Heavy Menstrual Periods

Comprehensive Resources and Links

Our comprehensive patient educational resources provides easy access to various clinical information, easy-to-understand descriptions, causes, warning signs and symptoms, treatment options, prevention techniques and more.  

We encourage you to contact our practice if you have questions, concerns or require a consulttaion or treatment.

Contraception

At Suffolk OBGYN we recognize that contraception is a very personal choice and as medical providers specializing in woman's health we are dedicated to providing information and access about contraception choices for patient review and consideration.  Birth control methods to prevent pregnancy include progestin only pills and injections; combined estrogen and progestin pills, patches, and the vaginal ring; long acting reversible contraception (LARC) including the intrauterine device (IUD) and implant; barrier methods including the diaphragm, sponge, cervical cap, and condom.

When it comes to birth control, women have more options than ever. But more choices mean there’s a lot more to consider. So how can you choose which pregnancy prevention method is right for you?

The most important step is to weigh your options with your doctor. You’ll want to find out how each form of birth control will affect your health. Factors like high blood pressure, your smoking habits, and a history of breast caner should all have an impact on your selection.

The most popular forms of birth control in the United States, according to the National Center for Health Statistics, are oral contraception, tubal ligation (having your tubes tied), and condoms. While no one method is foolproof, the IUD is a T-shaped device that's inserted into the uterus by your doctor and is very effective in preventing pregnancy. 

In addition to preventing pregnancy, condoms provide some protection against sexually transmitted diseases (STDs). However, other birth control methods do not provide protection against STDs, so condoms should also be used.

Pregnancy

Infertility

Educational Resource Links

The American Congress of Obstetricians and Gynecologists

WEbMD

Mayo Clinic

Sexually Transmitted Disease

Mother to Baby 

Breastfeeding

Baby Name Database

Menpoause

Mobile Apps

WebMD Symptom Checker

My Days-Period & Ovulation Tracker

My Pill-Birth Control Reminder

Ibirth Contraction Timer

 

 

 

While the amount of blood a woman loses during a menstrual cycle can vary widely depending on the woman and the cycle, some unlucky women experience blood loss and cramping so severe that it interferes with their day to day activities. The condition is called menorrhagia, and it affects more women than you might expect!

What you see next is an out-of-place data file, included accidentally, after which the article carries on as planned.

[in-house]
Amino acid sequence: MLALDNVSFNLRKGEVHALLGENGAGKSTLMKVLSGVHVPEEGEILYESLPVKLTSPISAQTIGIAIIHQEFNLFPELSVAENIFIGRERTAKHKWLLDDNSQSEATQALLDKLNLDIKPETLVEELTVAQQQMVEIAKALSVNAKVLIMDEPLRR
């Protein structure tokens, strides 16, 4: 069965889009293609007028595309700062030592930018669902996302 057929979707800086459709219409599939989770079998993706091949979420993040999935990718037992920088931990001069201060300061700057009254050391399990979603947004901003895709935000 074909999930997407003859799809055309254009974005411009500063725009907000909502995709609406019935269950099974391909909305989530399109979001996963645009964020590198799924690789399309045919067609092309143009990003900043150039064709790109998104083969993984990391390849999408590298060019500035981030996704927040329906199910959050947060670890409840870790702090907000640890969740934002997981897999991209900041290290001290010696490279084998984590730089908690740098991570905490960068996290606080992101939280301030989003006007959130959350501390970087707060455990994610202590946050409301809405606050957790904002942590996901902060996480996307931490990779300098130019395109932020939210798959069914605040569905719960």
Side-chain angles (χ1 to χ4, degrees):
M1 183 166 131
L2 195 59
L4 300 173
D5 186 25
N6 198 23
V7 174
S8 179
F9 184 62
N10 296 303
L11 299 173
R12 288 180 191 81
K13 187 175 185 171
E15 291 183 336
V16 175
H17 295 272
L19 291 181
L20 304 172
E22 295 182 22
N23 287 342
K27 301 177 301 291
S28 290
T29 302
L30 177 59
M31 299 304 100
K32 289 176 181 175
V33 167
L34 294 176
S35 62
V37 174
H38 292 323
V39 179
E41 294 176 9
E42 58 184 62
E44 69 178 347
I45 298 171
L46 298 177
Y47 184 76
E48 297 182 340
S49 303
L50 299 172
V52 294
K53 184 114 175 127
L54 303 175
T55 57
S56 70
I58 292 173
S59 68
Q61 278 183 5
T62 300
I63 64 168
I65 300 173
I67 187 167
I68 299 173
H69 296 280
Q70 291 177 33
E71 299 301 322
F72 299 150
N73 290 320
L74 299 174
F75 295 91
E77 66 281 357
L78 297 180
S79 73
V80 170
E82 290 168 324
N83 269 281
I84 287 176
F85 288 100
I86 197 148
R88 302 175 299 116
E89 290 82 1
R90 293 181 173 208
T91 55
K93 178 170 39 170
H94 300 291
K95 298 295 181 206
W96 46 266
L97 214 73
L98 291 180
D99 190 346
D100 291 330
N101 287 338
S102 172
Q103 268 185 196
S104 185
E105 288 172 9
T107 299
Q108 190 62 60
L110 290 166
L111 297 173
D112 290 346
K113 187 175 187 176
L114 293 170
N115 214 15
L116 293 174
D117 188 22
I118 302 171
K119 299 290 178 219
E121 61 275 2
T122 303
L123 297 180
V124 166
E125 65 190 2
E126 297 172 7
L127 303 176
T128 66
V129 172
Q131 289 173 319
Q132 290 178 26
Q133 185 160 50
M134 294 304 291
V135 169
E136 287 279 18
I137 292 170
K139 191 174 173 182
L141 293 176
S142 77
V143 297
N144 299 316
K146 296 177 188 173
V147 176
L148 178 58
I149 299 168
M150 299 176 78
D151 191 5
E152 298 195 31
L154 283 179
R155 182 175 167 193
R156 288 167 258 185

Symptoms of Menorrhagia

Women who have heavy menstrual periods often soak through a pad or tampon in an hour for multiple hours in a row, and they often bleed longer than a week. They may pass large blood clots past the first day of their menstrual cycle, and they may suffer additional complications such as tiredness or shortness of breath. Women who suffer from heavy menstrual periods often must double up on sanitary protection, wake up in the middle of the night to change pads or tampons, and miss out on fun activities where they will not have frequent access to a bathroom.

What Causes Menorrhagia?

Heavy menstrual periods can be caused by a number of different factors, including a hormone imbalance, uterine fibroids, polyps, uterine dysfunction and cancer. They can also be caused by certain inherited bleeding disorders or medical conditions, pregnancy complications, an intrauterine device and certain medications. Identifying the cause of the excessive bleeding is typically an important step in finding the right treatment method.

What Treatments are Available for Heavy Menstrual Periods?

In many cases, heavy menstrual periods are treatable and reversible. Doctors generally recommend treatments such as oral contraceptives, medications and hormones. For especially serious cases, doctors may also recommend dilation and curettage, focused ultrasound ablation or hysterectomy. Doctors also commonly prescribe iron supplements to replenish the iron that is lost through the heavy bleeding. Speak to your doctor about your symptoms to find out which treatment option may be best for you.